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U.S. Continues to Delay, Soften Gainful-Employment Rules

August 18, 2017

The U.S. Education Department announced this week that it has delayed the implementation of another element of the regulation that holds vocational programs accountable for their graduates' outcomes, and has eliminated some of the requirements on institutions to "reduce the burden" on them. The latest change, one of several the Trump administration has instituted to either delay or soften the so-called gainful-employment rules while it undertakes a wholesale rewrite of the regulations, postpones until next February the deadline by which programs subject to gainful employment must submit appeals of earnings data for their graduates. This is the second delay in that deadline.

The announcement also notes that the department will give programs that wish to challenge the government's data on earnings the ability to conduct and use data from their own survey of graduates' income. The department's announcement said the changes were in response to a federal court's ruling in June that partially blocked application of the rule to a group of cosmetology schools that challenged the rule.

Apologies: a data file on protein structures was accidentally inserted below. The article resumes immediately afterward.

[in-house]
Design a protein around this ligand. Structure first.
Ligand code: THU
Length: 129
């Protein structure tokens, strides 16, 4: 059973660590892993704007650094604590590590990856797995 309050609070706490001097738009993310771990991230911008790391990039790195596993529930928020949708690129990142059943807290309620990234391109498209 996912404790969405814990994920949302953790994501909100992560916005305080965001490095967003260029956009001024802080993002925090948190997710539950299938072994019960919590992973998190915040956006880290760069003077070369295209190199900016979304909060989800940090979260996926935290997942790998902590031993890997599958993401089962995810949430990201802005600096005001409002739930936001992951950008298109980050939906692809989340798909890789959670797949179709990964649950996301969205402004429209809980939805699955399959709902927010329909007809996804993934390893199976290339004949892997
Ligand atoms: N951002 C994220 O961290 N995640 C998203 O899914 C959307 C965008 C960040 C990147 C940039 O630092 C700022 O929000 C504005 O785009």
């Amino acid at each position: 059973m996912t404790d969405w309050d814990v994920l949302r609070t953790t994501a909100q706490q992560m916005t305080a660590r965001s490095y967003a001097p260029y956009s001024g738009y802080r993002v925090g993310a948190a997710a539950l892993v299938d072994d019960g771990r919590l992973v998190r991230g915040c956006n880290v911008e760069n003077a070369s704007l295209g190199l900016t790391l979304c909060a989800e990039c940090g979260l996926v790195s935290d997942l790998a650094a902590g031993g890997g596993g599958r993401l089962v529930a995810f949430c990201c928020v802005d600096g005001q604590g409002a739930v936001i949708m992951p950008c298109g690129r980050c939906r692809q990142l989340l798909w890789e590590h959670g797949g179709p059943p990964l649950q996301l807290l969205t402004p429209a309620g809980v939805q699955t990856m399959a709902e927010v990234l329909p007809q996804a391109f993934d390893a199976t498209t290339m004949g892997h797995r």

In a news release responding to the department's announcement, the Center for American Progress asserted that the changes would "improperly allow hundreds of programs that leave their graduates with too much debt compared with their earnings to avoid sanctions."

“Weakening the appeals process is yet another extralegal action by the Department of Education to avoid enforcing a rule its political leadership does not like,” said Ben Miller, senior director for postsecondary education at the center.

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Doug Lederman

Doug Lederman is editor and co-founder of Inside Higher Ed. He helps lead the news organization's editorial operations, overseeing news content, opinion pieces, career advice, blogs and other features. Doug speaks widely about higher education, including on C-Span and National Public Radio and at meetings and on campuses around the country, and his work has appeared in The New York Times and USA Today, among other publications. Doug was managing editor of The Chronicle of Higher Education from 1999 to 2003. Before that, Doug had worked at The Chronicle since 1986 in a variety of roles, first as an athletics reporter and editor. He has won three National Awards for Education Reporting from the Education Writers Association, including one in 2009 for a series of Inside Higher Ed articles he co-wrote on college rankings. He began his career as a news clerk at The New York Times. He grew up in Shaker Heights, Ohio, and graduated in 1984 from Princeton University. Doug lives with his wife, Kate Scharff, in Bethesda, Md.

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